Hamamelis Growing Guide


The most popular hamamelis today have flowers which range in colour from yellow to orange and red. The flowers also have a variety of different shapes. The majority are crosses between H. mollis from China and H. japonica from Japan and are correctly referred to as H. x intermedia followed by the cultivar name.

There are two other lesser known species of hamamelis which come from the USA; H. virginiana and H. vernalis. H. virginiana is the only one of the four species which flowers in the autumn.

All hamamelis produce a superb display of autumn colour and the American species are exceptional in this respect.

Positioning and location

It is sensible to plant hamamelis near a path where the flowers and scent can be appreciated to the full on a dull winter’s day. An evergreen background of holly, yew or laurel will also help show off their (mainly) yellow flowers to best effect.

Witch hazels will grow under a higher tree canopy but they will flower far better, and grow in a less sprawling fashion, if grown in the open.

While the plants are fully frost hardy and can readily tolerate temperatures of minus 20°C the flowers and new growth are not quite as resilient once the sap has begun to rise. Avoid frost pockets at the bottom of slopes or by streams at the valley bottoms. Damage to the new growth by severe late frost can cause bark split but this is unlikely to happen very often in the UK to hamamelis generally.

Full sun is fine for hamamelis providing the soil remains moist and does not dry out in the summer. Otherwise watering may well be needed for the first few years after planting.

Despite all this advice they are not difficult to grow!

Hamamelis   'Aphrodite' click for larger image
Hamamelis 'Aphrodite'
Hamamelis    brevipetalaclick for larger image
Hamamelis brevipetala
Hamamelis    x intermedia 'Orange Beauty' click for larger image
Hamamelis x intermedia 'Orange Beauty'
Hamamelis     x intermedia 'Ruby Glow' click for larger image
Hamamelis x intermedia 'Ruby Glow'

Soil conditions

Free draining soil which is moisture retentive is ‘perfect’. That is perhaps ‘soil utopia’ so do not be off put and forget that these small trees are not really that fussy. It is perhaps easier to describe what they do not like.

Poor drainage and waterlogged soil is the worst problem whether it is in a heavy clay soil or sandy soil perhaps with sandstone pans.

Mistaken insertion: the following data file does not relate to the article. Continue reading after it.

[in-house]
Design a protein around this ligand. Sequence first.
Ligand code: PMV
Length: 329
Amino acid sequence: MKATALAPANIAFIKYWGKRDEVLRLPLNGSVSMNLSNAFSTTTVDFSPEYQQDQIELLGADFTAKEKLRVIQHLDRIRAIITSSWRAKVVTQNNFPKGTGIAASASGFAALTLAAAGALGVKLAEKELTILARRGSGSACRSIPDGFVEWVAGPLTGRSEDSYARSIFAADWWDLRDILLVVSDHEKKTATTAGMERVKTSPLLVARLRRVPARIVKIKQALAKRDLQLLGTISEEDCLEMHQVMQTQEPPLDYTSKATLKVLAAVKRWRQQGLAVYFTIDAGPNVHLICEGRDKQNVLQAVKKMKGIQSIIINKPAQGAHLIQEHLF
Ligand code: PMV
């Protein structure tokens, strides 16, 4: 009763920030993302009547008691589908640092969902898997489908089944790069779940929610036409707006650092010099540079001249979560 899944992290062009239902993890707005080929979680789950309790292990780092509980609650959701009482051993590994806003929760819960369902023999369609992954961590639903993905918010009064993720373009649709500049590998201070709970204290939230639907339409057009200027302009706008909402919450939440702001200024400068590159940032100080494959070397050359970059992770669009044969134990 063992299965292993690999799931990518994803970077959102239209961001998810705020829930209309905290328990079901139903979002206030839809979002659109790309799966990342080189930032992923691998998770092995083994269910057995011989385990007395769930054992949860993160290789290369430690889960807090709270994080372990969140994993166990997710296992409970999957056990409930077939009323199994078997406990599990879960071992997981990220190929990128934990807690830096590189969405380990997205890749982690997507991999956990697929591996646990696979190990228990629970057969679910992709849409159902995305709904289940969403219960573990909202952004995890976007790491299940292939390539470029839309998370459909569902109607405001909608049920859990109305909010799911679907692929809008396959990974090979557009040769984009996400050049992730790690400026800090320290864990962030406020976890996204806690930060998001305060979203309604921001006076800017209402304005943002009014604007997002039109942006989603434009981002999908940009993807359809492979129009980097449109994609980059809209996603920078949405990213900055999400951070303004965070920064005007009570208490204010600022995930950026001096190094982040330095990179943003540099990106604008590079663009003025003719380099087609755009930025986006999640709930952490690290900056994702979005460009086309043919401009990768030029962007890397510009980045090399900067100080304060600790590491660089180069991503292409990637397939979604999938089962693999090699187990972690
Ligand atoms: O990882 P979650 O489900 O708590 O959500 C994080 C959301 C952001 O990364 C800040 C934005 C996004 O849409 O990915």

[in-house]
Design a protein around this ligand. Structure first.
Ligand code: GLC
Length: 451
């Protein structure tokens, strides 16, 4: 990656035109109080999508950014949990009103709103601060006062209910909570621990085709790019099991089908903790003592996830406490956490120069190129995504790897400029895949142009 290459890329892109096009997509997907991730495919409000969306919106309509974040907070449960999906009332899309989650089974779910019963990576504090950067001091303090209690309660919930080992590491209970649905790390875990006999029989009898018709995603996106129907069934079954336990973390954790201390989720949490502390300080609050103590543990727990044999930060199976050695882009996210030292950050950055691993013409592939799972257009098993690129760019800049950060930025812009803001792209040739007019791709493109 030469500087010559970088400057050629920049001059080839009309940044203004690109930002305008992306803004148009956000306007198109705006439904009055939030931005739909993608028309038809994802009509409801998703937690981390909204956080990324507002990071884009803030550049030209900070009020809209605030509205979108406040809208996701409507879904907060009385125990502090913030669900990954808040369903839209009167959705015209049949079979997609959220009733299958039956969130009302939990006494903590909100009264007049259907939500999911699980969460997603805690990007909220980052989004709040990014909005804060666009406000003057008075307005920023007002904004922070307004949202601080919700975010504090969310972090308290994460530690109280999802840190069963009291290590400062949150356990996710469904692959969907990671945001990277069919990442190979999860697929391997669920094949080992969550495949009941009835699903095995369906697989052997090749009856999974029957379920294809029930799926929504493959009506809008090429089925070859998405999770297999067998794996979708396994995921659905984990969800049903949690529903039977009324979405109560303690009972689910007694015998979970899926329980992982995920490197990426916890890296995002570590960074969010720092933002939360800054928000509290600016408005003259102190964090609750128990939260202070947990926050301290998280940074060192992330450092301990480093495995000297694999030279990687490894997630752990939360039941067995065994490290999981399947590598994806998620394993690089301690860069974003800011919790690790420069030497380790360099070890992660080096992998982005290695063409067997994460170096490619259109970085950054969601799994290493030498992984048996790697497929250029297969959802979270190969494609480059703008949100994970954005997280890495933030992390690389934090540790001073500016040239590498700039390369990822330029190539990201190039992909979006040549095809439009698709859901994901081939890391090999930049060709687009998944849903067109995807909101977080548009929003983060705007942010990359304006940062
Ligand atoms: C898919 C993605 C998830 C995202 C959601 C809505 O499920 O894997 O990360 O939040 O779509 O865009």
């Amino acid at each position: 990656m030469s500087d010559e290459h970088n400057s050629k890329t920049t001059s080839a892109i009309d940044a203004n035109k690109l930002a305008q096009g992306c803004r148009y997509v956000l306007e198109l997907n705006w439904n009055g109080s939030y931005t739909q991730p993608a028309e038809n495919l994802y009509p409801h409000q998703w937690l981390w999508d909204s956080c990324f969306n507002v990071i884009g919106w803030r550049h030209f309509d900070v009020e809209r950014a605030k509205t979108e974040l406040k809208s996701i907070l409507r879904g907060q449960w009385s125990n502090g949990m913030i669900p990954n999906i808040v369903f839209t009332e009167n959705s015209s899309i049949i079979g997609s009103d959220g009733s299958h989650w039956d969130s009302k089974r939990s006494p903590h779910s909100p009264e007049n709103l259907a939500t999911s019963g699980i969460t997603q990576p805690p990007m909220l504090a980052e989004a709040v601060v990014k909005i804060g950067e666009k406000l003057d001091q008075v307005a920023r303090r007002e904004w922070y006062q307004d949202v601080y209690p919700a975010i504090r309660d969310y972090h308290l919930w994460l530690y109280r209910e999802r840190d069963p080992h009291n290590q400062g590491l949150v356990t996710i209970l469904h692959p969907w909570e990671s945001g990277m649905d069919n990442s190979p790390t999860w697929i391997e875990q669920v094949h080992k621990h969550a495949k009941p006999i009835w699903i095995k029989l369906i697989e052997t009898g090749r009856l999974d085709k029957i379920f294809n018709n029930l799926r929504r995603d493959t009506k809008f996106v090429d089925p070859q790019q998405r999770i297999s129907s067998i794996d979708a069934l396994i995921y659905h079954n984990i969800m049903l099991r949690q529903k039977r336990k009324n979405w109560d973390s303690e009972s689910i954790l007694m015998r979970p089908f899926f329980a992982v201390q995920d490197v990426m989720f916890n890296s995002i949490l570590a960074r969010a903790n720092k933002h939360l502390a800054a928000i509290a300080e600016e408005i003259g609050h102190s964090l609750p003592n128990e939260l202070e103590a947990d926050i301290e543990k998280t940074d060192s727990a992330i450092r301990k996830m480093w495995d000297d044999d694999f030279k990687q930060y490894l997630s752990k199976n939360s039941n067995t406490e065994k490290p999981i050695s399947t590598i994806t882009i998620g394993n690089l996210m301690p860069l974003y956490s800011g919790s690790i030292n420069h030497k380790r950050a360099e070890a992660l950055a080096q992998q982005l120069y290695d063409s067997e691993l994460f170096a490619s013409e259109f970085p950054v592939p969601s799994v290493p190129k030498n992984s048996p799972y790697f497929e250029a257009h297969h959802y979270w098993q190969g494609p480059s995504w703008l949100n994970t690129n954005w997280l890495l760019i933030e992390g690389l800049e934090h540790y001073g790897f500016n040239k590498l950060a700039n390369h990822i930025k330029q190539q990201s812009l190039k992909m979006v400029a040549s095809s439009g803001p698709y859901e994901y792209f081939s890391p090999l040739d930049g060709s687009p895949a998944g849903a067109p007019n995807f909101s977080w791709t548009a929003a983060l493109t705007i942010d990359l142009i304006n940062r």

A pH of 4.5 to 6.5 is ideal. Shallow soils overlaying chalk are a problem which may result in lime-induced chlorosis.

As with any tree or shrub you can readily improve the (already good) chances of your plant growing away successfully by adding compost to the planting pit and deep mulching the roots in successive years to heighten moisture retention (keep the mulch well below the graft and on no account cover it).

In shallow soils over chalk the application of sequestered iron may overcome the chlorosis problem. In heavier clay soils good soil aeration can be achieved with a fork or you can let the worms in the mulch and compost do this work for you.

Hamamelis are very widely grown in the UK so do not be put off!


There is absolutely no need to even consider pruning hamamelis. However, if you do, you may well improve and contain the shape of the tree and encourage it to flower more profusely.

You need always to remove any growth from below the graft as soon as you spot it. These growths from the rootstock are diverting energy from the plant.

It is also beneficial to remove any suckering growth anywhere on the plant. However, after flowering, you may also choose to prune all the previous season’s growth back to two growth buds to achieve an ongoing compact habit.


Hamamelis cuttings are hard to root and even harder to overwinter when they do. It is probably not worth the effort!

Grafting is best left to specialist nurseries.

However, you can grow hamamelis from seed, providing you realise that they need a warm period over summer to break down the waxy seed coat, followed by a cold period over winter to ripen the embryo and encourage germination in the second spring after sowing. This can be achieved beside the hot water tank and then in the fridge if you do want to speed things up! However few of the seedlings are ever likely to have flowers to match the superior grafted plants available to buy today.

Pests and diseases

I fear this article may have given the impression that witch hazels are difficult to grow. This is not the case.

There are no significant pests and diseases to which they are prone and are generally entirely trouble free once established. Netting rabbit guards for smaller plants may be sensible but hamamelis seem immune to aphid attach or caterpillars.

Few trees could have such an easy write up PROVIDING the location chosen for the plant is suitable as outlined above.

Best three hamamelis for UK Gardens

Our selection of the best three hamamelis to choose for you garden:

Hamamelis   x intermedia  'Pallida'  click for larger image
H. 'Pallida' – perhaps the best and most popular of any of the yellow flowering forms as its name implies
Hamamelis   x intermedia  'Jelena'  click for larger image
H. 'Jelena' – yellow suffused with rich copper-red


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